Matisyahu and the Spiral of Authenticity

By now you've heard the (apparently earth-shattering) news that Matisyahu has shaved his beard.

Beardless

The pundits of Jewry are abuzz with interpretive chatter -- and no surprise, since Matisyahu was already (in his hassidic incarnation) an icon and byword for all manner of Jewish discourse about culture, religion, and identity.

A very recent case in point: in the most recent issue of Sh'ma, Stuart Z. Charmé uses the hassidic Matisyahu as the denouement to his article, "The Spiral of Jewish Authenticity". Responding with circumspect detachment to his teenage daughter's announcement that she doesn't consider herself Jewish (since slam poetry is her true identity), Charmé notes that, as his research has shown, teenagers and the adults they grow to become have ever-shifting relationships to Judaism:

Ultimately, what I wish for my daughter is a Jewish journey that is intellectually and psychologically honest, vibrant, and creative; one that values questions more than answers, while avoiding the pitfalls of premature closure and rigidity. I trust that she will discover authentic forms of Jewish expression for herself as she redefines her past and plans for the future. I can’t predict whether slam poetry will be part of that process, but if the singer Matisyahu could use reggae to find a sense of Jewish authenticity for himself, then why not?

(Emphasis, of course, is added.) How unlucky for Stuart Charmé, one might think, that merely two weeks after he publishes a piece which uses the hassid Matisyahu as an example, Matisyahu goes and shaves and de-hassidifies.

But in this case, one would be wrong to think so. In fact, Charmé's point regarding Matisyahu not only still stands, but stands even stronger. Much of the article, read in hindsight following "ShaverGate," read as if they were written with the apparently-now-misnagdic Mat(thew? isyahu?) in mind:

I have described the experience of Jewishness over the course of one’s life as a loose spiral. We circle back to revisit a variety of issues related to Judaism and Jewishness; each time, we approach the experience of Jewishness from new perspectives and with new investments and understandings that emerge in response to other changes in our lives.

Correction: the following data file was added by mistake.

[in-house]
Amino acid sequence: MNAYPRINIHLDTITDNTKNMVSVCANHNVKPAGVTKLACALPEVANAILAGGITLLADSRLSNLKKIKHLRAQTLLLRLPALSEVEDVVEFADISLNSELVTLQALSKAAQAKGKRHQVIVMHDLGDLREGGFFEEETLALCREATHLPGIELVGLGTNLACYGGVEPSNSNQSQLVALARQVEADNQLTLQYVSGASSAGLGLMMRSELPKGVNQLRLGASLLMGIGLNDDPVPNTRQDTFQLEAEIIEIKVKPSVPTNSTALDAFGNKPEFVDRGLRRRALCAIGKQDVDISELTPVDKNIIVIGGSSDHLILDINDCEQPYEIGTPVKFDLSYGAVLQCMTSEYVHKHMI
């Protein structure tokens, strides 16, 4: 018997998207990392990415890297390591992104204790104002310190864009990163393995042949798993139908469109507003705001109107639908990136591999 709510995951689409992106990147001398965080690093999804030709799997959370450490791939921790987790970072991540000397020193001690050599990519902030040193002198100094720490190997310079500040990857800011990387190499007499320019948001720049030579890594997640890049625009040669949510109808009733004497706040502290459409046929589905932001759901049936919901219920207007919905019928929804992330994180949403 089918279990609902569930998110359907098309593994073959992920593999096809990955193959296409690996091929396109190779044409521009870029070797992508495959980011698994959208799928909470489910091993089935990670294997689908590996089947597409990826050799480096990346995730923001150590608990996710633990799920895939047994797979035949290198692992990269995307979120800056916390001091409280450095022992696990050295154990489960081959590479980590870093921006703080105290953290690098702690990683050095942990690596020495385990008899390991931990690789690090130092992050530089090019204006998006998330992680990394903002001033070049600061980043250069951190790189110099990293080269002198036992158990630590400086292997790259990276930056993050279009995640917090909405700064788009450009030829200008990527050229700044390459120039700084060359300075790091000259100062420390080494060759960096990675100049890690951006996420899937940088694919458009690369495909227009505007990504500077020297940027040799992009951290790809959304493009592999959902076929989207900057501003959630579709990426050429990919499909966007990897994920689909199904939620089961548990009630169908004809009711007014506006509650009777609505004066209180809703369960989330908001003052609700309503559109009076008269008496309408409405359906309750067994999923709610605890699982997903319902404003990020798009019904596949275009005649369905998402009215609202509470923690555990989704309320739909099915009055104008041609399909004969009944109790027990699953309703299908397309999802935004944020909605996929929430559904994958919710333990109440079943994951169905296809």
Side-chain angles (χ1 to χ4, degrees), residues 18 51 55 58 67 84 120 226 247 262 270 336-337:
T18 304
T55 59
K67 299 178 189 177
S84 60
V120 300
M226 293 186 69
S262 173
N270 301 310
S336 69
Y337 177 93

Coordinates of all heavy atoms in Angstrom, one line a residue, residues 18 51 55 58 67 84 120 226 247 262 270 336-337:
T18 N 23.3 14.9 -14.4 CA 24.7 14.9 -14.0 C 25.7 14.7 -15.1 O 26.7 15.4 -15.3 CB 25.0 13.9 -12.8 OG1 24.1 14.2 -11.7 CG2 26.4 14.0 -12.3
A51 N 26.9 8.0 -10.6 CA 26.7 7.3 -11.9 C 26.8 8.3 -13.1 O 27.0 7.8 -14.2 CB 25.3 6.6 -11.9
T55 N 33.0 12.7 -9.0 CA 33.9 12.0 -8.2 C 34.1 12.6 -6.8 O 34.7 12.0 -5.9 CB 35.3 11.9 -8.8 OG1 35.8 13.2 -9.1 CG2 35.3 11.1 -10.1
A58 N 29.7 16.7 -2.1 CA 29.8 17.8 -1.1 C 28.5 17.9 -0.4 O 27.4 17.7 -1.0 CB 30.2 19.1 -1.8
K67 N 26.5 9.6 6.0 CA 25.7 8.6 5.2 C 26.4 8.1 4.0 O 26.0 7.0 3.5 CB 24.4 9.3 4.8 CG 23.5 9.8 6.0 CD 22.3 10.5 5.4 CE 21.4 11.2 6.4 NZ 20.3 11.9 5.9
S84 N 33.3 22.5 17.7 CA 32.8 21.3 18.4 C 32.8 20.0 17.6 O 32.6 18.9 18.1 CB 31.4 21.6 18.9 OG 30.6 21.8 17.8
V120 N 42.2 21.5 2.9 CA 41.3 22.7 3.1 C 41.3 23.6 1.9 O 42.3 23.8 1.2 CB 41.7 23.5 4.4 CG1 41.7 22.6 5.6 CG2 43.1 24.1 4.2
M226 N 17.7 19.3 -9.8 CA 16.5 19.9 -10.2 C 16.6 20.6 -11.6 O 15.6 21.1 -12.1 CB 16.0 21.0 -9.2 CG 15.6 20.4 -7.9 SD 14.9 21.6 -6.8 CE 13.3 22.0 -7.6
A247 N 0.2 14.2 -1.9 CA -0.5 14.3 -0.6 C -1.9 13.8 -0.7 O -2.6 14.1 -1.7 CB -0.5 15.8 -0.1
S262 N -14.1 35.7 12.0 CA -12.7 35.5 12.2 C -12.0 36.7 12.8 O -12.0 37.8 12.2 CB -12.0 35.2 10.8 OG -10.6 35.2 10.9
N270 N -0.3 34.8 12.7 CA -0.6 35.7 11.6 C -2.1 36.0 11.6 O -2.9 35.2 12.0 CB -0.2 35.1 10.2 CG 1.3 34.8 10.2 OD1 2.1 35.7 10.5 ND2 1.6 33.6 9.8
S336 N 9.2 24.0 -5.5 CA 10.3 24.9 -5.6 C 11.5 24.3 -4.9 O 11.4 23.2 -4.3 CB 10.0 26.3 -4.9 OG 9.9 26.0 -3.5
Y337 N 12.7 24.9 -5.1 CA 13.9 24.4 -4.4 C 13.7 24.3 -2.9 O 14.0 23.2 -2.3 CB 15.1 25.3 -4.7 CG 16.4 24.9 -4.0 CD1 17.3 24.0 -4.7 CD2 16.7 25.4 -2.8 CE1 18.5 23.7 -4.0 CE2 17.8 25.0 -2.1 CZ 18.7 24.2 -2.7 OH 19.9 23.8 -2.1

For many Jews, the feeling of Jewish authenticity involves a sense of connection to a romanticized or idealized image of the past... Much has also been written... about the postmodern freedom to “construct” or “invent” Jewish identity in a myriad of ways ranging from contemporary ultra-Orthodoxy to Torah Yoga and Jewish “mindfulness.”...

It is obvious that claims about authenticity can never really offer a scientific test of purity, a “Good Housekeeping” seal of approval, or a warranty against change. Some of what is now accepted as authentically Jewish will eventually be abandoned and some of what is now rejected will later be reclaimed. In this sense, each individual’s search for Jewish authenticity is a microcosm of the collective process of redefining Judaism at different moments of history.

The desire for Jewish authenticity, therefore, has both retrospective and prospective dimensions. On the one hand, it situates one in relationship to one’s personal and group history; it provides a sense of existential orientation and protection; and it, thereby, offers a provisional home in the world. But the goal of authenticity is simultaneously a warning to be careful of claiming too much certainty at the present moment — recognizing the permanently destabilizing power of the future to shatter and rebuild the foundations of our world in ever-new ways... There is probably some Zen-like truth to the idea that those who claim most adamantly to have found or achieved Jewish authenticity are also those who lack it in a deeper sense.

For those who responded to Matisyahu's naked face with disappointment, then, as well as for those who responded with anti-Orthodox glee, we might all do well to borrow some of Stuart Charmé's detachment and attention to the long view. Life keeps going on, the spiral of authenticity keeps spiralling, and we might all turn out to be someone a little (or a lot) different tomorrow.

Tishah B'Av 5771

Hayez

(Destruction of the Temple of Jerusalem, Francesco Hayez)

For Tishah B'Av today, excerpts from "Temple and Synagogue" by Rabbi Neil GIllman, from Sh'ma in June 2007:

The Bible knows two models of sacred space. On one model, what may be called “intrinsic sacred space,” God chooses one point on earth to reveal God’s presence. That point becomes axis mundi, the center of the world, around which the rest of the world is structured in descending levels of sanctity. The
source for this model is... the binding of Isaac. Abraham is dispatched to “the land of Moriah,” to offer Isaac as a sacrifice “on one of the heights which I
[God] will point out to you.” Subsequently, in II Chronicles 3:2, Moriah becomes the spot on which Solomon builds the Temple...

...The second model may be called “extrinsic sacred space.” Here, any spot on earth can become the center of the world. In the Bible, this model is illustrated by the Israelite encampment during the desert wanderings. The camp could be located at any place in the wilderness, but wherever it stood, the sanctuary was at its center...